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Metabolic Syndrome and Erectile Dysfunction

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Case discussion at UMED conference 2009

Case discussion at UMED conference 2009


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  • 1. Erectile Dysfunction and Metabolic Syndrome Iris Thiele Isip Tan MD (PhiSSAM) Dennis Serrano MD (PUA)
  • 2. The Case •46/M on follow-up at Diabetes Clinic •Known diabetic x 5 years •Glimepiride 2 mg od and Metformin 500 mg bid •Currently smoking ‣ 60-pack year smoking history
  • 3. The Case •RUQ pain unrelated to food or movement 3 months PTC ‣ Fatty liver changes on ultrasound •Screened for erectile dysfunction for a study ‣ IIEF-5 score: 11
  • 4. The Case Pink conjunctivae, anicteric sclerae No thyromegaly. No neck vein BP 130/80 engorgement. No carotid bruit. HR 80 Equal chest expansion. Clear breath sounds. No gynecomastia. RR 16 Wt 88 kg No heaves or thrills. Apex beat and PMI 5th ICS LMCL. Good S1 and S2. Ht 1.77 cm No murmurs. BMI 28 kg/m2 Abdomen flabby, soft. No tenderness, Waist circ 103 cm masses or organomegaly. Hip circ 100 cm No edema or varicosities. Full pulses. Waist-hip ratio 1.03 Pubic hair and genitalia Tanner Stage V.
  • 5. The Case FBS 181 mg/dL HbA1c 6.6% AST 192 (NV <47 u/L) Uric acid 295 mmol/L BUN 5.1 mmol/L Crea 76 Total cholesterol 208 mg/dL HDL 48 mg/dL LDL 124 mg/dL Triglyceride 179 mg/dL
  • 6. The Case Lab work from study LH 6.8 (NV 1.9-9.4 uIU/dL) FSH 2.5 (NV 1.0-10.5 uIU/L) Prolactin 526 (NV 90-500 nmol/L) SHBG 51.8 (NV 7-81 nmol/L) Total testosterone 2 (NV 2.8-5 nmol/L) Free testosterone 0.00373 (NV 0.225 nmol/L) Bioavailable testosterone 0.138 (NV 5.2 nmol/L)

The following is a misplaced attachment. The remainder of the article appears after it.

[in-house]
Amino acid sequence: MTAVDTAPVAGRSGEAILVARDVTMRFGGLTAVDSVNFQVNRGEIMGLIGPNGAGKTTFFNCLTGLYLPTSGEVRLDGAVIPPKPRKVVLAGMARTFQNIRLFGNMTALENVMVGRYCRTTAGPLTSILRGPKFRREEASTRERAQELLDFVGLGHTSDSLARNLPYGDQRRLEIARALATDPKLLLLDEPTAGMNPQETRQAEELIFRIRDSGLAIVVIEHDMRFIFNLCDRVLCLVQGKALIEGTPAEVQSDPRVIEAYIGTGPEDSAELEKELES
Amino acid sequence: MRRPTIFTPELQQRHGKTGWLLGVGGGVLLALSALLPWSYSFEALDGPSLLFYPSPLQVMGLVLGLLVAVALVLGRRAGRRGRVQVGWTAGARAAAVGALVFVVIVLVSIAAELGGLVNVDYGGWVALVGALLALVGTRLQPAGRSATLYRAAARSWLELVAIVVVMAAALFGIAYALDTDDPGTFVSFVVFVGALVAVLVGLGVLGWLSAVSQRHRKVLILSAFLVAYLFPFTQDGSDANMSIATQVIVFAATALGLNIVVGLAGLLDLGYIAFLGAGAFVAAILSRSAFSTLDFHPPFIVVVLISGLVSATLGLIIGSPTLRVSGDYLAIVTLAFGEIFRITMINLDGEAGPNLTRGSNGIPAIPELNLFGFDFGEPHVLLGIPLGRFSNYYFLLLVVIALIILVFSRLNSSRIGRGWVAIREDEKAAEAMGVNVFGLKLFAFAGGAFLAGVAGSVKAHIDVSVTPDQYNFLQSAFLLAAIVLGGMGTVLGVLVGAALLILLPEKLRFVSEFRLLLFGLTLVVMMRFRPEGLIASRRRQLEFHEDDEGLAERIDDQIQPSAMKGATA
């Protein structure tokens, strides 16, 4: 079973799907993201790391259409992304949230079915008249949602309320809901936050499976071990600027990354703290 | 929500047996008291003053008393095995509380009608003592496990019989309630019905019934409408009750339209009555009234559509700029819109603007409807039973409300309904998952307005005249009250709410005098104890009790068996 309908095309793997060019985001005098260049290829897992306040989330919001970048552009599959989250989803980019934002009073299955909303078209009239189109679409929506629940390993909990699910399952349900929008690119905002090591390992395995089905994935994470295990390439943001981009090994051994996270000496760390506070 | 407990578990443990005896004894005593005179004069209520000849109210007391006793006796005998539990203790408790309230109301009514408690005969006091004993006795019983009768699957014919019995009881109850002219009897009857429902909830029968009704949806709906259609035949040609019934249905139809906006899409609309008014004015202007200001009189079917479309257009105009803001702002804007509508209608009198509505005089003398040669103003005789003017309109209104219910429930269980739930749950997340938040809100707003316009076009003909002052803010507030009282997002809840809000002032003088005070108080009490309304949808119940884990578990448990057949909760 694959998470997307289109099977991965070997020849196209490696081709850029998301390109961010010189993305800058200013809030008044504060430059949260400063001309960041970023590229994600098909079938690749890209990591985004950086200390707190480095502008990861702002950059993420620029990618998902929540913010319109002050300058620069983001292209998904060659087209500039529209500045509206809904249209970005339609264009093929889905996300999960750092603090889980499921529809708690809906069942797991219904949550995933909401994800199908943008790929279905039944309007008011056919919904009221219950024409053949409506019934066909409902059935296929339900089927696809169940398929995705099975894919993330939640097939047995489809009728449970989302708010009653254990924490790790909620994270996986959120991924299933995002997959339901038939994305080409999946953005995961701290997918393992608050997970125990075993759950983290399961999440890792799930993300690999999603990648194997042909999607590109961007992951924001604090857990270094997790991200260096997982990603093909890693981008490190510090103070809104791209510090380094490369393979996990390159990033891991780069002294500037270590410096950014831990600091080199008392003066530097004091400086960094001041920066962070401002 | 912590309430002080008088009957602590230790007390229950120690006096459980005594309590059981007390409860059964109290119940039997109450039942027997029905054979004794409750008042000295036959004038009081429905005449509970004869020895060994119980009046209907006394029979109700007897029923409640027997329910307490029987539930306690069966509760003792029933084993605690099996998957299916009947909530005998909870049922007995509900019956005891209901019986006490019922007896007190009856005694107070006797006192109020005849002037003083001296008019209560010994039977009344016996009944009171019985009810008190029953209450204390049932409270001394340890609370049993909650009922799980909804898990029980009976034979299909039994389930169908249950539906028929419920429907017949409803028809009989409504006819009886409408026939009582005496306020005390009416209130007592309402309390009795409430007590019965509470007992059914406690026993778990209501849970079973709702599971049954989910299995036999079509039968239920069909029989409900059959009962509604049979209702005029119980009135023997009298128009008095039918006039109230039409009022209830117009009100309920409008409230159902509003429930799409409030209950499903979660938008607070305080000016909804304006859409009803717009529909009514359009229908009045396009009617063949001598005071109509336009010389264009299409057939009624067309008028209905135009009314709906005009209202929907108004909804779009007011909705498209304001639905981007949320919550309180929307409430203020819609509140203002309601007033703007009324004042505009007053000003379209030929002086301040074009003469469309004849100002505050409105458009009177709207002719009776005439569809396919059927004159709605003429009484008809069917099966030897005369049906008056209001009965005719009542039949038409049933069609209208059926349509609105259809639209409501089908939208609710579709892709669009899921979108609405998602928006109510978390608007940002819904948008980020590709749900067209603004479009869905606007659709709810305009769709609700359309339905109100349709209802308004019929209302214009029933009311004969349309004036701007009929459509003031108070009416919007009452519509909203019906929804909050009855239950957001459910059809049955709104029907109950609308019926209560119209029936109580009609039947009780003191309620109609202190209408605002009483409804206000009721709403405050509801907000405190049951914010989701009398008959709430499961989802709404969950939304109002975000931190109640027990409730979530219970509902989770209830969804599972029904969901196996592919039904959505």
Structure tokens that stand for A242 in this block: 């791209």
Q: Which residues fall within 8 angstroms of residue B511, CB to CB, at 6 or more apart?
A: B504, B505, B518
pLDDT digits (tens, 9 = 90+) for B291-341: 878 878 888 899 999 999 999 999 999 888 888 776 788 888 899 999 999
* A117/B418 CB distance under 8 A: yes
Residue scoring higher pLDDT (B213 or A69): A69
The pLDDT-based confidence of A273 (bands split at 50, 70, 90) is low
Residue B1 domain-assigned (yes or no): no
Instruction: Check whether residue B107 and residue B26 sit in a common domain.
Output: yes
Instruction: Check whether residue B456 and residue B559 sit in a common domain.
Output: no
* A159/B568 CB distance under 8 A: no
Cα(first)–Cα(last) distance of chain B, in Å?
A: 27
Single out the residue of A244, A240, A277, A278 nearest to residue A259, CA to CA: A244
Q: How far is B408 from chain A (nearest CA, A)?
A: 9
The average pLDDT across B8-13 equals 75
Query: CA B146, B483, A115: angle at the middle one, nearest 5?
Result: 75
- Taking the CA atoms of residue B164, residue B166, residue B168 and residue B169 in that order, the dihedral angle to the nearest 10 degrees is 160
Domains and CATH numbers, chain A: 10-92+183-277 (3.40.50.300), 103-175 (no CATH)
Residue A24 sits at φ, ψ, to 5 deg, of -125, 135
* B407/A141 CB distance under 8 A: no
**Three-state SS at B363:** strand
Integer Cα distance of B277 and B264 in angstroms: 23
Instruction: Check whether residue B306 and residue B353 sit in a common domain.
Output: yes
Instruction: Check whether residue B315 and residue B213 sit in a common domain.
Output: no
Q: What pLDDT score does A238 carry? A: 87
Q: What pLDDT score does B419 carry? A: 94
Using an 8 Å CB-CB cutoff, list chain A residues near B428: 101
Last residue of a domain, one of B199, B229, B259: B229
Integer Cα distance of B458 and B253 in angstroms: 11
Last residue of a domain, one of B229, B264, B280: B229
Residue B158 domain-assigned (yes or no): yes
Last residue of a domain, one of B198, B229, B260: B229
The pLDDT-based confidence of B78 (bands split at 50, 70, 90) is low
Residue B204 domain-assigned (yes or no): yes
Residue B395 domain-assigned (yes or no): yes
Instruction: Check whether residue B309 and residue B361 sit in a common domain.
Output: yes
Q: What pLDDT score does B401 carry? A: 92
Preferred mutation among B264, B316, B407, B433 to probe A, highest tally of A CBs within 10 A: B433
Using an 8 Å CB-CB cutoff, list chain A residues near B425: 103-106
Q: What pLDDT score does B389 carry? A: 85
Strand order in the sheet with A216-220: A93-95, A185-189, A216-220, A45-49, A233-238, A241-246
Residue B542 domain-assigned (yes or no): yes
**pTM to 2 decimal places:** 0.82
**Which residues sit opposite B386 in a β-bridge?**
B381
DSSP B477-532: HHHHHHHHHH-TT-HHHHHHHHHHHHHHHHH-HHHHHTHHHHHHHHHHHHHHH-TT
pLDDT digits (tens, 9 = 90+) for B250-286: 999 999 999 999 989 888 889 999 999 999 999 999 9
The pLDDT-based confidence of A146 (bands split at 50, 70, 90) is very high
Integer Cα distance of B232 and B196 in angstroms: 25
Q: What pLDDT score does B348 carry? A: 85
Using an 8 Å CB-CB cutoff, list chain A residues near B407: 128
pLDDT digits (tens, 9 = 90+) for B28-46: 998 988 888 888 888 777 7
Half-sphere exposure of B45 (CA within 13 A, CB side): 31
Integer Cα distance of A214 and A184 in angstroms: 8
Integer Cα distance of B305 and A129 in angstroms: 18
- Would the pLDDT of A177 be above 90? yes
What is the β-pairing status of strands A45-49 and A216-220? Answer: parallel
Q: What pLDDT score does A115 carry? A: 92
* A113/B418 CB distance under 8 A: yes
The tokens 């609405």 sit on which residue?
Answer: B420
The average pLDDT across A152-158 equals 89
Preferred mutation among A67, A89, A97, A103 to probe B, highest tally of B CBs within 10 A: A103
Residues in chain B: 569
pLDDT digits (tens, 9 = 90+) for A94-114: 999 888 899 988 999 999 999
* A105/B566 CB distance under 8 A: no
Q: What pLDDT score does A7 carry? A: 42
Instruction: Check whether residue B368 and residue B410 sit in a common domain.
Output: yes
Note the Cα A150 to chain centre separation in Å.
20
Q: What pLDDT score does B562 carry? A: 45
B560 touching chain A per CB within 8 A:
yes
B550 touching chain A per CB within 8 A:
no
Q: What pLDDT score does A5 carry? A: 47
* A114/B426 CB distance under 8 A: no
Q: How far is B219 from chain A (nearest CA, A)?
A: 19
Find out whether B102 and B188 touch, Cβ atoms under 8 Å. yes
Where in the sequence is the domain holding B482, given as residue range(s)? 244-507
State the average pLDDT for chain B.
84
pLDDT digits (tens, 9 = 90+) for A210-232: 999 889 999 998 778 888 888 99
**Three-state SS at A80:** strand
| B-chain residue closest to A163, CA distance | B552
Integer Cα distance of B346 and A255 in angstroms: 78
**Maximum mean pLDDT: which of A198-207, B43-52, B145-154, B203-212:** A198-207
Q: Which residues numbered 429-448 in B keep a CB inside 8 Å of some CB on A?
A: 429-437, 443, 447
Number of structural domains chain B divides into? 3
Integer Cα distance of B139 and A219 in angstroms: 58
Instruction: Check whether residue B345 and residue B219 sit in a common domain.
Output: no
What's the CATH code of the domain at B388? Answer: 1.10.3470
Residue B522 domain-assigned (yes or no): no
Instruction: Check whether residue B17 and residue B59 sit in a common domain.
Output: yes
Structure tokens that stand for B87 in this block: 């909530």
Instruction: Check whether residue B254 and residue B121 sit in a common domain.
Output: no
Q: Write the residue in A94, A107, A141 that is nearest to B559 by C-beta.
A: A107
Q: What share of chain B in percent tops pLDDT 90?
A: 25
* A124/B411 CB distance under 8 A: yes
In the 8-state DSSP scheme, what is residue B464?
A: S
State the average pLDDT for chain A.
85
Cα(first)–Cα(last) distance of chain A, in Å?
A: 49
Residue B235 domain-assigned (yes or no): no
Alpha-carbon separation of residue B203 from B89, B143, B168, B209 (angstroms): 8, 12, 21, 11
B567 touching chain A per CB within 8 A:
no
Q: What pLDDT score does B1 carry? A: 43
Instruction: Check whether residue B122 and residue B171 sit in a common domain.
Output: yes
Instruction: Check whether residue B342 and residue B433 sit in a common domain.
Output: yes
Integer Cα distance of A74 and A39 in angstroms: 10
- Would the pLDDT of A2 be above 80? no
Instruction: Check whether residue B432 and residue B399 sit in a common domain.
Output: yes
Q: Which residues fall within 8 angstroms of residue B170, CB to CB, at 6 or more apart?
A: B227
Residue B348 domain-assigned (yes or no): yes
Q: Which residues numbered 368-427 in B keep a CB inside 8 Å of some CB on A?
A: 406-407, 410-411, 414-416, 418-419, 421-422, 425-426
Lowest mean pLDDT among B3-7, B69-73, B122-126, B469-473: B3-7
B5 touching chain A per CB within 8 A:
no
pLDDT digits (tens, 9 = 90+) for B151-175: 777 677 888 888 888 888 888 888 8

• 7. What is the diagnosis? Metabolic syndrome (Type 2 diabetes mellitus, hypertension, obesity, dyslipidemia) Fatty liver Erectile dysfunction Hypogonadotrophic hypogonadism
  • 8. Question 1 1. The patient fulfills the NCEP-ATP III criteria for Metabolic Syndrome as he has a. elevated total cholesterol, low HDL, diabetes and hypertension b. elevated triglycerides, BP >130/85 mm Hg, diabetes and abdominal obesity c. elevated total cholesterol, elevated LDL, diabetes and abdominal obesity d. elevated total cholesterol, low HDL, hypertension and abdominal obesity
  • 9. NCEP-ATP III (2001) definition Metabolic Syndrome Three or more of • Central obesity (waist circ) ‣ >102 cm ( ) & >88 cm ( ) • TG >150 mg/dL • HDL <40 ( ) & <50 ( ) mg/dL • BP >130/>85 mm Hg • FPG >110 mg/dL
  • 10. The Case BP 130/80 Wt 88 kg Ht 1.77 cm BMI 28 kg/m2 Waist circ 103 cm Hip circ 100 cm Waist-hip ratio 1.03 FBS 181 mg/dL HbA1c 6.6% Total cholesterol 208 mg/dL HDL 48 mg/dL LDL 124 mg/dL Triglyceride 179 mg/dL
  • 11. IDF definition Metabolic Syndrome Central obesity (waist circ) ‣ >90 cm ( ) & >80 cm ( ) PLUS any two of • TG >150 mg/dL • HDL <40 ( ) & <50 ( ) mg/dL • SBP >130 mm Hg or DBP >85 mm Hg or on treatment • FPG >100 mg/dL or pre-existing IFG or IGT